Trump was impatient, OâDonnell wrote. He wanted his horse racing, up north, with no delays. Hyde, the casino executive, relayed the order reluctantly: âHe wants the horse to work.â
D.J. Trumpâs last workout in Ocala was, in Trump parlance, a total disaster. A few hours after running, the horseâs legs began shaking uncontrollably, then he collapsed in a heap. D.J. Trump had contracted the virus without showing symptoms, veterinarians concluded, and the workout had exacerbated his condition.
Veterinarians detected blood flow slowing in the horseâs front legs, and recommended a drastic procedure: amputating both front hoofs. The horse would never race, but might at least live, and the hoofs would grow back. Jerkens, the trainer, sobbed as he explained the developments over the phone to LiButti, OâDonnell wrote.
Trump, however, was unmoved. And, conveniently, he hadnât cut that $250,000 check yet. When informed of D.J. Trumpâs sudden illness, and surgery, Trump told his top executive Hyde he had decided to back out of the deal. Hyde was furious, OâDonnell said. Enraging LiButti was a horrible business decision, as it would send him gambling elsewhere.
Hyde also seemed troubled by Trumpâs lack of remorse when told he had set in motion a series of events that had effectively maimed a prized racehorse, OâDonnell said.
âHis cavalier attitude about the horse, I think, bothered Steve,â OâDonnell said. âThat [Trump] didnât care, that it was just a piece of flesh â¦ That really disturbed him.â
After Trump reneged, Hyde agreed to buy the horse for $150,000, preserving the relationship with LiButti. A year later, OâDonnell flew down to Ocala with LiButti and Hyde to check in on D.J. Trump. The hoofs had grown back, but the thoroughbred moved gingerly.
Over the years, Trump repeatedly has dismissed OâDonnellâs book as fiction. They havenât spoken since 1991, OâDonnell said.
No one else directly involved in D.J. Trumpâs ordeal is alive, or willing to discuss it. Jerkens died in 2015. Hyde died in an October 1989 helicopter crash in New Jersey, along with two other Trump casino executives. Â Hydeâs wife, Donna, did not return calls this week. Â OâDonnell said he was not surprised; he had heard she also did not reply to dozens of calls last year from reporters.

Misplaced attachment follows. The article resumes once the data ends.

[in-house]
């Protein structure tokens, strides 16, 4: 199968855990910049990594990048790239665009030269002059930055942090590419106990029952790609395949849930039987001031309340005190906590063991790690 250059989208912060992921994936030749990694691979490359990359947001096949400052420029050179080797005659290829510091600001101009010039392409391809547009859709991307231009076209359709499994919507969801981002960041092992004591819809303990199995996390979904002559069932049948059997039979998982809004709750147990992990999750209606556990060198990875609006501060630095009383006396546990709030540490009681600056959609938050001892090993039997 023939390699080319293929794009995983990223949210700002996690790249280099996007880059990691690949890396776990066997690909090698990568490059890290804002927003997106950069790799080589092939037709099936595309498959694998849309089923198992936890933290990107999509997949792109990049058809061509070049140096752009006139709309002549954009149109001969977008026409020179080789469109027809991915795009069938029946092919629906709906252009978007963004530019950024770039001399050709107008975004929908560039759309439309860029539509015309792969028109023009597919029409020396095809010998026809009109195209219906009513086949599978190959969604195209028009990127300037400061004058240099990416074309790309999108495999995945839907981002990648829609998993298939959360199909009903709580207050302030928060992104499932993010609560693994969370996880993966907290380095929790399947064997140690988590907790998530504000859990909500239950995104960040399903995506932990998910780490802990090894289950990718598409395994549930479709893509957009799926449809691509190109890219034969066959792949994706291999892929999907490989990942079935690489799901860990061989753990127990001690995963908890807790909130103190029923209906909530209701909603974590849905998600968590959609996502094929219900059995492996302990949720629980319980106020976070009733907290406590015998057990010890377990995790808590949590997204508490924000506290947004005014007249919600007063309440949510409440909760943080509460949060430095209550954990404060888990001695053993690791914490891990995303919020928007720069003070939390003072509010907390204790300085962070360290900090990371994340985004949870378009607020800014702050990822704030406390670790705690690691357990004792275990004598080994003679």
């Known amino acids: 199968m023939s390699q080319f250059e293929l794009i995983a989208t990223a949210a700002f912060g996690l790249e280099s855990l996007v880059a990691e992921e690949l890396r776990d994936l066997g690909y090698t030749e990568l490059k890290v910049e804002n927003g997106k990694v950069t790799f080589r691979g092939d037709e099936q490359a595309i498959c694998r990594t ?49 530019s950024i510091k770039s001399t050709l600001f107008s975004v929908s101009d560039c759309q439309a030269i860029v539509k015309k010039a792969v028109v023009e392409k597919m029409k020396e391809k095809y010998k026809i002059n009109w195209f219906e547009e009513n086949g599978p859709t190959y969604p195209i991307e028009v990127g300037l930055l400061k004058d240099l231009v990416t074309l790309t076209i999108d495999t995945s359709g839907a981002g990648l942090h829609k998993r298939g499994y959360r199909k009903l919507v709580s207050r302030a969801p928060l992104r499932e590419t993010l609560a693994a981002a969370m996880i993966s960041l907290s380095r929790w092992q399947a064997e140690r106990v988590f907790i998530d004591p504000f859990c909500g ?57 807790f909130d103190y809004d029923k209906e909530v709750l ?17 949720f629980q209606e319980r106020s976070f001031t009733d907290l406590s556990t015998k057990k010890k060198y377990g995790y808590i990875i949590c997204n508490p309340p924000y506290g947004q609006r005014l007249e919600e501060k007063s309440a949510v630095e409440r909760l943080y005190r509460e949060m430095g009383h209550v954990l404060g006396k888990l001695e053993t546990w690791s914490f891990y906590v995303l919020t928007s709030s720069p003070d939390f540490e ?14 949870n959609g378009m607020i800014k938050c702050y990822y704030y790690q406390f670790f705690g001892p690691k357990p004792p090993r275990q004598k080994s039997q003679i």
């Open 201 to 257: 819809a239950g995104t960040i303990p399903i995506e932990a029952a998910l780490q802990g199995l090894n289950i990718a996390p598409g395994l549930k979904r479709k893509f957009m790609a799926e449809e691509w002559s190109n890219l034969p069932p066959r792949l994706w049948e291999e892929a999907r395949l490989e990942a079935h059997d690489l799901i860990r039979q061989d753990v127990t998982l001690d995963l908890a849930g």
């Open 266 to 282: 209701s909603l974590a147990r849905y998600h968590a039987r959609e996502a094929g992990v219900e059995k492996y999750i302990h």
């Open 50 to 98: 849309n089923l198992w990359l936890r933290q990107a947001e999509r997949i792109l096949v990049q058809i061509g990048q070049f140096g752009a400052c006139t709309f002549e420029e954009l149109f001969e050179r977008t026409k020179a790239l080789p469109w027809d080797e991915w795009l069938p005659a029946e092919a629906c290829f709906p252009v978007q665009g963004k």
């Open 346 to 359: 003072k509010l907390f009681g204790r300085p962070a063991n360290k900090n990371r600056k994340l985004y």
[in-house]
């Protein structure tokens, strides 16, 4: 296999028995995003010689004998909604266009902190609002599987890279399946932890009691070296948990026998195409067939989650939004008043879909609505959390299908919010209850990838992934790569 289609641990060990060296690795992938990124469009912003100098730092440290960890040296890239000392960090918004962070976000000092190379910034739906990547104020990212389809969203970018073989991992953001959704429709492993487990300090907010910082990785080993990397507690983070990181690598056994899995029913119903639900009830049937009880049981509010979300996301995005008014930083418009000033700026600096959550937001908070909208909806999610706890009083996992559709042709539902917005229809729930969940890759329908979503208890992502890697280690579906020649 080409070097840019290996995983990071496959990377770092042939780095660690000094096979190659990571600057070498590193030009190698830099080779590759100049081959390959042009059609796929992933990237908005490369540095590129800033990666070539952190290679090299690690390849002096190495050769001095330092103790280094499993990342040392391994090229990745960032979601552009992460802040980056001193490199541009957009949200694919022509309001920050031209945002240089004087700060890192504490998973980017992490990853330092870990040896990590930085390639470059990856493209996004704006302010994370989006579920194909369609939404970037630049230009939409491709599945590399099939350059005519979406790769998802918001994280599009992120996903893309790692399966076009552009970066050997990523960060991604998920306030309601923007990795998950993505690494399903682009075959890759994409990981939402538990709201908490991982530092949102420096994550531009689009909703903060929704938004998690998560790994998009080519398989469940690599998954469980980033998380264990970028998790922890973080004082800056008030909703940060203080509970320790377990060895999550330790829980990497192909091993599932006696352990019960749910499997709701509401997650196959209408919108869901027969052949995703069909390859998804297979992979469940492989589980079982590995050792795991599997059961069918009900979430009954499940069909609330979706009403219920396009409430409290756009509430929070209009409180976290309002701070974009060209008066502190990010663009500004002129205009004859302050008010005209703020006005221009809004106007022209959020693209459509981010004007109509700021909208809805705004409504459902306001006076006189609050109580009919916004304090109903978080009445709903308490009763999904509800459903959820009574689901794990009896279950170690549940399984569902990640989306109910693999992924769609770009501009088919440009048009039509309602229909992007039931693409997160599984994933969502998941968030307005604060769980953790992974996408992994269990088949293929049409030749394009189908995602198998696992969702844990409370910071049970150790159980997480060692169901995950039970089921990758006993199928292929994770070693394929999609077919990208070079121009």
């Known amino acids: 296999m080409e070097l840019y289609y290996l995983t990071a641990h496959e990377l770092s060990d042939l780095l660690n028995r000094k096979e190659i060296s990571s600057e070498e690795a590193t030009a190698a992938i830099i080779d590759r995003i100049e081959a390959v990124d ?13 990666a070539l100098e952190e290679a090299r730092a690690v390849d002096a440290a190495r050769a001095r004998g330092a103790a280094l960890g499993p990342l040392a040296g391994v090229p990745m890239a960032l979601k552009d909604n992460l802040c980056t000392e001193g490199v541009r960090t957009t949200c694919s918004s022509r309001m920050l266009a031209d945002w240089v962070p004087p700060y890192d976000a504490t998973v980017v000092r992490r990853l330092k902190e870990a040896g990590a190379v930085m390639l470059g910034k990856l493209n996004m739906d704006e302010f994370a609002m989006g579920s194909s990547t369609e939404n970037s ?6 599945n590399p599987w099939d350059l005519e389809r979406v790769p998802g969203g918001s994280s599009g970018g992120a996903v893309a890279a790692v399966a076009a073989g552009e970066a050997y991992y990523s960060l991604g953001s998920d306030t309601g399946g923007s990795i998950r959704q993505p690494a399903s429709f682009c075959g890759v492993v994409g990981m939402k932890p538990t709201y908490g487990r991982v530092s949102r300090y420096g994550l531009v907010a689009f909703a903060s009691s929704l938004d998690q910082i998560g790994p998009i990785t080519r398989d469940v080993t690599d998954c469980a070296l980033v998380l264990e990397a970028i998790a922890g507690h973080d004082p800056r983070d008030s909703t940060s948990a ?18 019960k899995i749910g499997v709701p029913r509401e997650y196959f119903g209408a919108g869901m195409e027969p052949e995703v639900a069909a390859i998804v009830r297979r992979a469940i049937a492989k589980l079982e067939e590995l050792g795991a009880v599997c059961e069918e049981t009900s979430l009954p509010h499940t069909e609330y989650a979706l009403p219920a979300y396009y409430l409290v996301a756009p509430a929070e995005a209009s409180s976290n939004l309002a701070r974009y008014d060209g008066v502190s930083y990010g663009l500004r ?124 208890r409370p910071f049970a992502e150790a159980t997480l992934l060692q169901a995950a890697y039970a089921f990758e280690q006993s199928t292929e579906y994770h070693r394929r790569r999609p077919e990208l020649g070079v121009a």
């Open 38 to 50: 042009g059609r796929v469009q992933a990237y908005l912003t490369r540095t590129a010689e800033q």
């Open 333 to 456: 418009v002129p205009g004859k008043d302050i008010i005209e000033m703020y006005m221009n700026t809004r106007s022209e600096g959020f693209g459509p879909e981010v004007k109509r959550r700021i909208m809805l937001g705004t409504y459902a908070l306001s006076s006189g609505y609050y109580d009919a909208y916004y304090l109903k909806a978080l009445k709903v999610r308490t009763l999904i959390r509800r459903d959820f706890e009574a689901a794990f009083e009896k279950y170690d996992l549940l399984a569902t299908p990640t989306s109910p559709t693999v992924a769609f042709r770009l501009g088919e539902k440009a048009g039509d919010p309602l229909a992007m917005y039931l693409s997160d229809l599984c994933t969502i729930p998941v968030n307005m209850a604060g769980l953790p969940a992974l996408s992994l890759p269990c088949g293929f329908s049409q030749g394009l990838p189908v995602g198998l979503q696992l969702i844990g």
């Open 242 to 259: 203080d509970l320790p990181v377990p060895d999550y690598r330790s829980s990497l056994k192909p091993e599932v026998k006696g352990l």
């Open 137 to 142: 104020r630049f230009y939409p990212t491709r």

LiButti died in 2014, but his name resurfaced last year on the campaign trail. In 1991, New Jersey casino regulators fined Trump Plaza $200,000 for removing black and female employees from tables when LiButti was playing. State casino regulators alleged LiButti âwould fly into a rage when losing and make racially and sexually derogatory remarks toward blacks, Jews, Asians and women,â according to a 1992 Associated Press article. State regulators later banned LiButti from all Atlantic City casinos.
LiButtiâs significance during the campaign was owed to his reputed mob ties. A Trump casino employee told state regulators LiButti had bragged about working for John Gotti. When asked about LiButti last year, Trump denied knowing him.
OâDonnell is now a gaming consultant in Arizona, where he follows developments in D.C. warily. People regularly ask him if heâs surprised by the latest news from the White House, OâDonnell said, and he tells them, âNo, Iâm not.â
According to records maintained by The Jockey Club, a thoroughbred registry, a horse named D.J. Trump was born on March 3, 1986, outside Lexington, Ky. D.J. Trump was indeed the offspring of Raise A Native, records show.
In 1987, LiButti paid $90,000 for D.J. Trump at a Kentucky auction reserved for âthe best of the best,â according Eric Mitchell, bloodstock editor at Blood Horse Magazine, who â along withÂ Bob Curran, a vice president of The Jockey Club â reviewed andÂ deciphered horse registry records for The Washington Post.
D.J. Trump never raced, records show, and his owners put him on the stud market in 1989. His stud career was brief and unremarkable; he fathered 15 foals in three years, and none developed into a prizewinner worthy of the horseâs regal bloodline.Â
D.J. Trump died in 1991, and records do not list a cause of death. An employee at the Ocala farm where the horse lived said only one employee remains from the late 1980s, and he has no recollection of a horse called D.J. Trump or the events described by OâDonnell.
Whoever was in charge of naming D.J. Trumpâs foals, however, apparently had a fascination with Donald Trump. In early 1990, Trump left his first wife, Ivana, for the model Marla Maples, fueling months of feverish coverage by New York City tabloids.
That April in Florida, records show, D.J. Trump fathered a filly. Its name: A Date With Marla. Â